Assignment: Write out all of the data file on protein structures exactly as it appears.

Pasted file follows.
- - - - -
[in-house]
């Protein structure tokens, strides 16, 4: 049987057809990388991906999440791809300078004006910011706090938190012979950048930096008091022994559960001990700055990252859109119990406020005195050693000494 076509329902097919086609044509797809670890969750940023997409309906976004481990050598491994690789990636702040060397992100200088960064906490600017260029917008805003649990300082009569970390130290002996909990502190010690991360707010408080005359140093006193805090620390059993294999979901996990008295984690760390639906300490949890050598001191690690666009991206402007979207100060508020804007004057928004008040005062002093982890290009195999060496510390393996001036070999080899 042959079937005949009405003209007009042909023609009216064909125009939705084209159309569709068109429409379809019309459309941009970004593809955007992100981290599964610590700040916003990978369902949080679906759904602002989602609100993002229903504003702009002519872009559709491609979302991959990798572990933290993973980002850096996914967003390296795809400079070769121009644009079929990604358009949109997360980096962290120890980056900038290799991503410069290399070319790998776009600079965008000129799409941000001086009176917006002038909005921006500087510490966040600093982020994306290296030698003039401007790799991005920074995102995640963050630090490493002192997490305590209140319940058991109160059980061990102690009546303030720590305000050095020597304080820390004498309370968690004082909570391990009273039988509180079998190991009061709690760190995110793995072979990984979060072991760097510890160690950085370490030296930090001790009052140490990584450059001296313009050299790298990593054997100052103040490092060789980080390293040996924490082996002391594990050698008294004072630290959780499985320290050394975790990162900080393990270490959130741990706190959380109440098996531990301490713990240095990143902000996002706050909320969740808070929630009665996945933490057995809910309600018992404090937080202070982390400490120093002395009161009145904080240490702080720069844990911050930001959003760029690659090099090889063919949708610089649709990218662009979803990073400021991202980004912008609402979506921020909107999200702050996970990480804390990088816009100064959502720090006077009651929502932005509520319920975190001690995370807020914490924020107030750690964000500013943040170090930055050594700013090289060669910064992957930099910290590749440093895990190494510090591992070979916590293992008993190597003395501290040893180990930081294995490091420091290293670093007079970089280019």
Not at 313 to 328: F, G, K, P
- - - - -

[in-house]
């Protein structure tokens, strides 16, 4: 049987057809990388991906999440791809300078004006910011706090938190012979950048930096008091022994559960001990700055990252859109119990406020005195050693000494 076509329902097919086609044509797809670890969750940023997409309906976004481990050598491994690789990636702040060397992100200088960064906490600017260029917008805003649990300082009569970390130290002996909990502190010690991360707010408080005359140093006193805090620390059993294999979901996990008295984690760390639906300490949890050598001191690690666009991206402007979207100060508020804007004057928004008040005062002093982890290009195999060496510390393996001036070999080899 042959079937005949009405003209007009042909023609009216064909125009939705084209159309569709068109429409379809019309459309941009970004593809955007992100981290599964610590700040916003990978369902949080679906759904602002989602609100993002229903504003702009002519872009559709491609979302991959990798572990933290993973980002850096996914967003390296795809400079070769121009644009079929990604358009949109997360980096962290120890980056900038290799991503410069290399070319790998776009600079965008000129799409941000001086009176917006002038909005921006500087510490966040600093982020994306290296030698003039401007790799991005920074995102995640963050630090490493002192997490305590209140319940058991109160059980061990102690009546303030720590305000050095020597304080820390004498309370968690004082909570391990009273039988509180079998190991009061709690760190995110793995072979990984979060072991760097510890160690950085370490030296930090001790009052140490990584450059001296313009050299790298990593054997100052103040490092060789980080390293040996924490082996002391594990050698008294004072630290959780499985320290050394975790990162900080393990270490959130741990706190959380109440098996531990301490713990240095990143902000996002706050909320969740808070929630009665996945933490057995809910309600018992404090937080202070982390400490120093002395009161009145904080240490702080720069844990911050930001959003760029690659090099090889063919949708610089649709990218662009979803990073400021991202980004912008609402979506921020909107999200702050996970990480804390990088816009100064959502720090006077009651929502932005509520319920975190001690995370807020914490924020107030750690964000500013943040170090930055050594700013090289060669910064992957930099910290590749440093895990190494510090591992070979916590293992008993190597003395501290040893180990930081294995490091420091290293670093007079970089280019």
Not at 313 to 328: F, G, K, P